I Capture the Castle by Dodie Smith
I was delighted to find that the novel easily outstripped the film. Dodie Smith, known primarily for her children’s book Hundred and One Dalmatians, also wrote prolifically for adults in a variety of novels and plays.
Narrated by the charismatic 17 year old Cassandra Mortmain, this bildungsroman style novel is in the form of a journal that she keeps during a particularly turbulent time for her family. The Mortmain family, in spite of their living in an ancient moated castle, are destitute. The father, a brilliant and groundbreaking author, has not written a word in many years, becoming ever more withdrawn from his family and his young wife Topaz as his shame and frustration deepens. The three women attempt to make ends meet, but Cassandra and her sister Rose dream of the day when they will leave their poverty behind.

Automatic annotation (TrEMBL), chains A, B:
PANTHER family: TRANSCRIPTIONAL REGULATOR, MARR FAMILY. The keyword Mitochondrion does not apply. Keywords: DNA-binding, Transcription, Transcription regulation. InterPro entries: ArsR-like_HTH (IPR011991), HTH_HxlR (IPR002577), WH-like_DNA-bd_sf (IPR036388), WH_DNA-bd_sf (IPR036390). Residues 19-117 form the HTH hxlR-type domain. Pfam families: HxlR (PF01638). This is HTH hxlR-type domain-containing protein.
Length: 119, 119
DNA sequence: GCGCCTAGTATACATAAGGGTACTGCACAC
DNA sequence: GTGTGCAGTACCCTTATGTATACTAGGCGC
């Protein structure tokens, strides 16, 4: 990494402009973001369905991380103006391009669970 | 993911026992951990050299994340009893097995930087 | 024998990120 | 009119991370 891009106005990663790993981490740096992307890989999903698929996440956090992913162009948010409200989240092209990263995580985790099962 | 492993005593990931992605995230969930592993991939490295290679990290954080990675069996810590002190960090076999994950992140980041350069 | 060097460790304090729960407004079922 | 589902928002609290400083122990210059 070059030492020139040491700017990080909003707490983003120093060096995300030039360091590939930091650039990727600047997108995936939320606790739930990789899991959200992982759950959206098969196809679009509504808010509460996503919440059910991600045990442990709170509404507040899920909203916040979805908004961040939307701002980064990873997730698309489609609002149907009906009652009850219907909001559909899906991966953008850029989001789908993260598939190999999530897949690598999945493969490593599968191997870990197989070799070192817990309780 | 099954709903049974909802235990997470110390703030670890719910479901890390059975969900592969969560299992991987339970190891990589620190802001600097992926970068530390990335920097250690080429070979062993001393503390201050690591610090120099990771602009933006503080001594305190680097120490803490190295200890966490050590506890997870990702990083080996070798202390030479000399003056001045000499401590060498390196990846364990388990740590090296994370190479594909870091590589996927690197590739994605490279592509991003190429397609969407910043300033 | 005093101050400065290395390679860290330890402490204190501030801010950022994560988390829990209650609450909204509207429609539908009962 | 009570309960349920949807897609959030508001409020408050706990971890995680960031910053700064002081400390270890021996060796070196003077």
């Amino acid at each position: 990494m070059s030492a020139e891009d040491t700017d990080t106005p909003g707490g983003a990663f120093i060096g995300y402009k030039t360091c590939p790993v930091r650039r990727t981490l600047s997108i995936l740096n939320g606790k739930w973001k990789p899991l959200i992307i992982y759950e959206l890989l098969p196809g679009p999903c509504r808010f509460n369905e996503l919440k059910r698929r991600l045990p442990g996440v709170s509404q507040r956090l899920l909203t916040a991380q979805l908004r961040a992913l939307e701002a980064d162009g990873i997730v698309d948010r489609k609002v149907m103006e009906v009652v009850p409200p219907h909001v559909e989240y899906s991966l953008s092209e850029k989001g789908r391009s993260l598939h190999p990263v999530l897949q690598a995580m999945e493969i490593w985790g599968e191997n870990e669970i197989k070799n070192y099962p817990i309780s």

When the owner of the surrounding estate (and of the castle that the Mortmain family lives in) dies, the American inheritors – the Cottons – arrive in town to change the fortunes of the Mortmain family. Rose sets her sights on Simon, the eldest son, going to sometimes embarrassing lengths to catch his eye. Cassandra, still very young and naive, struggles to understand her feelings about Simon and Neil Cotton, as well as about Stephen, the young man who lives with the Mortmain family.
With almost painful realism, and insights into the pitfalls of growing up and falling in love, Cassandra records her often painful, and yet endearingly amusing transition out of childhood. I found this book immensely enjoyable because of the combination of the vivid characters and the dilapidated castle which draws them all together.